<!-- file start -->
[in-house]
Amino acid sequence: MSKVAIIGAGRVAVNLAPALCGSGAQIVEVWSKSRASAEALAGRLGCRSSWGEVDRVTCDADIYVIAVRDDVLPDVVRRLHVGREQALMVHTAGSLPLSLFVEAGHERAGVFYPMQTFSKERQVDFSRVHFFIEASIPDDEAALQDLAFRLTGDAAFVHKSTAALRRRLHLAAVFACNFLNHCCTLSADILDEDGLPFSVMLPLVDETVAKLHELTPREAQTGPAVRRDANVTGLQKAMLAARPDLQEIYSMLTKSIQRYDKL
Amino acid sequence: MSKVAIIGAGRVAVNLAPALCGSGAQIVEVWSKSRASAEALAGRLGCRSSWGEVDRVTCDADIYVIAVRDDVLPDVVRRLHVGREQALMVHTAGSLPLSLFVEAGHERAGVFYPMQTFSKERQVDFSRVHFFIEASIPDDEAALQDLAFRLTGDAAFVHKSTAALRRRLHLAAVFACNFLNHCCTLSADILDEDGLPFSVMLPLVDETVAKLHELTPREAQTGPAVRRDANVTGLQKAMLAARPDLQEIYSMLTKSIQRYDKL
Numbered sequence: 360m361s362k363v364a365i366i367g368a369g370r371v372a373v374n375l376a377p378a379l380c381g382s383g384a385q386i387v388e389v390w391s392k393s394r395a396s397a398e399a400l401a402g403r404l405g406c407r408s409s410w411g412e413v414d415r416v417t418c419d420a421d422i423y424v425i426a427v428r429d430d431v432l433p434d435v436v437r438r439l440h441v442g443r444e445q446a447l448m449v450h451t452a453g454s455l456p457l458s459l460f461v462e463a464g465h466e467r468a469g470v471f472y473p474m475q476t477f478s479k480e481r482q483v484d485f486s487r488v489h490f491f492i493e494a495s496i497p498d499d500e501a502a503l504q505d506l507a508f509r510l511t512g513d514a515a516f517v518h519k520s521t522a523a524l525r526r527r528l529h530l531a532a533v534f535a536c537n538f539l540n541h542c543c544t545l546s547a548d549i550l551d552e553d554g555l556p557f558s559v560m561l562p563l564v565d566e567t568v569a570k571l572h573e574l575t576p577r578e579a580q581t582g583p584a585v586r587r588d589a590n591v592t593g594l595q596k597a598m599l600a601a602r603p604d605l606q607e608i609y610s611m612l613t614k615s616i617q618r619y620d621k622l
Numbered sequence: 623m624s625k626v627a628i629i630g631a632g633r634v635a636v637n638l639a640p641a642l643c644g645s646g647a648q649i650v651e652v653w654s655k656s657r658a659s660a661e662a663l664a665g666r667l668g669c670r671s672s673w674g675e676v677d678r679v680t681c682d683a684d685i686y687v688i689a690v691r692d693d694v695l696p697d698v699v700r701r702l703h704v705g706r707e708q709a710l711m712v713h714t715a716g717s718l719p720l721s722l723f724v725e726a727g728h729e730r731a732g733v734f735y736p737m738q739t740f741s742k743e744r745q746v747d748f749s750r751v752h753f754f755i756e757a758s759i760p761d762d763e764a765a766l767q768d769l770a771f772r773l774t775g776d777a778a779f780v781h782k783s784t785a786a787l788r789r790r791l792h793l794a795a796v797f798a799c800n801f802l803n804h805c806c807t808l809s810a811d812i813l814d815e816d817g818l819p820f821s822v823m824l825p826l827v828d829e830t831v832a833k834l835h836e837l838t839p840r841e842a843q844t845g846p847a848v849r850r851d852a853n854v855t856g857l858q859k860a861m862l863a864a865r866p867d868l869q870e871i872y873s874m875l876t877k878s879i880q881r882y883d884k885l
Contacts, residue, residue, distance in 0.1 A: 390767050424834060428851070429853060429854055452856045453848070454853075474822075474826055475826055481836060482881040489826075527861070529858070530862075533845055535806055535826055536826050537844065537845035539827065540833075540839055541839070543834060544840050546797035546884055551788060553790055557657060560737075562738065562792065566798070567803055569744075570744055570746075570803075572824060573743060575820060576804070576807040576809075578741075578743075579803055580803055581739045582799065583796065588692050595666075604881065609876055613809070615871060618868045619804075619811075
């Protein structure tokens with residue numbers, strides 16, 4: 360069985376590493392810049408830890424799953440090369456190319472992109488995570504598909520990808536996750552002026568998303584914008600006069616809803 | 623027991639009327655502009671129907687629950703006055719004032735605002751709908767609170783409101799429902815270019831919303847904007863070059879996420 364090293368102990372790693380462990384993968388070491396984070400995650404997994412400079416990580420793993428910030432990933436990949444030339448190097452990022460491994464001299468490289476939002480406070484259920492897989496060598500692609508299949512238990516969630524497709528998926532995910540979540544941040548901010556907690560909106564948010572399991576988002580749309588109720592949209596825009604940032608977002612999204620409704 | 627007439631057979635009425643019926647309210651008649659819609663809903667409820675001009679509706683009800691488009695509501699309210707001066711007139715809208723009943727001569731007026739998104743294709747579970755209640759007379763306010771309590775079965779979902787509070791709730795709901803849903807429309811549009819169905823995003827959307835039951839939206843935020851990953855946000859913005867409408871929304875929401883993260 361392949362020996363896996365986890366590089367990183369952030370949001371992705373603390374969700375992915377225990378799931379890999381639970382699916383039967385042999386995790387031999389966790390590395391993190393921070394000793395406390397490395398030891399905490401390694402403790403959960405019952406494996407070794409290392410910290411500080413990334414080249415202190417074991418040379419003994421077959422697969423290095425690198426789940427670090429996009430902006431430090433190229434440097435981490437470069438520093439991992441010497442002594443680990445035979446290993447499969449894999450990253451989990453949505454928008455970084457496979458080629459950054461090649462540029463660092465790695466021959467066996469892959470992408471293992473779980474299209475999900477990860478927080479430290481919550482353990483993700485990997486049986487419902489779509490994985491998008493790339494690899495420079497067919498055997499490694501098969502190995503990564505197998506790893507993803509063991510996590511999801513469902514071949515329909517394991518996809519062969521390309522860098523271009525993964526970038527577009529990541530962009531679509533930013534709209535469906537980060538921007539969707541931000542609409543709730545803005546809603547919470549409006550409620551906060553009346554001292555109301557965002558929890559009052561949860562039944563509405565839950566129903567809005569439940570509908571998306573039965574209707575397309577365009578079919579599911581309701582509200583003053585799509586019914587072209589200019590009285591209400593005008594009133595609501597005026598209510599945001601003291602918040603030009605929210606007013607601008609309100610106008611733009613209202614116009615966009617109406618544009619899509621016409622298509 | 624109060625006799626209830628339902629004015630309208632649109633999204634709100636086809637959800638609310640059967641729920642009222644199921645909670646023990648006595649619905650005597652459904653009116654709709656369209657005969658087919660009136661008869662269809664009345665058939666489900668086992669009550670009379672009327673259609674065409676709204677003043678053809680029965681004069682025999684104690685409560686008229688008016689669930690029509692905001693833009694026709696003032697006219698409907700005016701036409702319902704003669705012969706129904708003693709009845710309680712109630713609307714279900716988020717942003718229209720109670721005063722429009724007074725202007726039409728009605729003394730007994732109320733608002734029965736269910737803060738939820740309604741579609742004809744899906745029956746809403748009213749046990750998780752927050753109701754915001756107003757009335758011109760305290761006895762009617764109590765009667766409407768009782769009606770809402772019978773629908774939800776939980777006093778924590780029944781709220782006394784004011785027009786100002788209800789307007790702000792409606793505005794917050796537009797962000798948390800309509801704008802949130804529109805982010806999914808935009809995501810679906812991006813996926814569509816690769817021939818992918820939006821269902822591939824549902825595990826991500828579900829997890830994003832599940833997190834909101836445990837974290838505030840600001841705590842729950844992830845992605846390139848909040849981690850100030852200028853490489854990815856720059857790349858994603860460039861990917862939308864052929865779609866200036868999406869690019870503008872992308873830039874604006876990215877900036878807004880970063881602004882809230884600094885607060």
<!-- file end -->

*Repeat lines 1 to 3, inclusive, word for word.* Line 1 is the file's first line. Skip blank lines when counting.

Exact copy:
[in-house]
Amino acid sequence: MSKVAIIGAGRVAVNLAPALCGSGAQIVEVWSKSRASAEALAGRLGCRSSWGEVDRVTCDADIYVIAVRDDVLPDVVRRLHVGREQALMVHTAGSLPLSLFVEAGHERAGVFYPMQTFSKERQVDFSRVHFFIEASIPDDEAALQDLAFRLTGDAAFVHKSTAALRRRLHLAAVFACNFLNHCCTLSADILDEDGLPFSVMLPLVDETVAKLHELTPREAQTGPAVRRDANVTGLQKAMLAARPDLQEIYSMLTKSIQRYDKL
Amino acid sequence: MSKVAIIGAGRVAVNLAPALCGSGAQIVEVWSKSRASAEALAGRLGCRSSWGEVDRVTCDADIYVIAVRDDVLPDVVRRLHVGREQALMVHTAGSLPLSLFVEAGHERAGVFYPMQTFSKERQVDFSRVHFFIEASIPDDEAALQDLAFRLTGDAAFVHKSTAALRRRLHLAAVFACNFLNHCCTLSADILDEDGLPFSVMLPLVDETVAKLHELTPREAQTGPAVRRDANVTGLQKAMLAARPDLQEIYSMLTKSIQRYDKL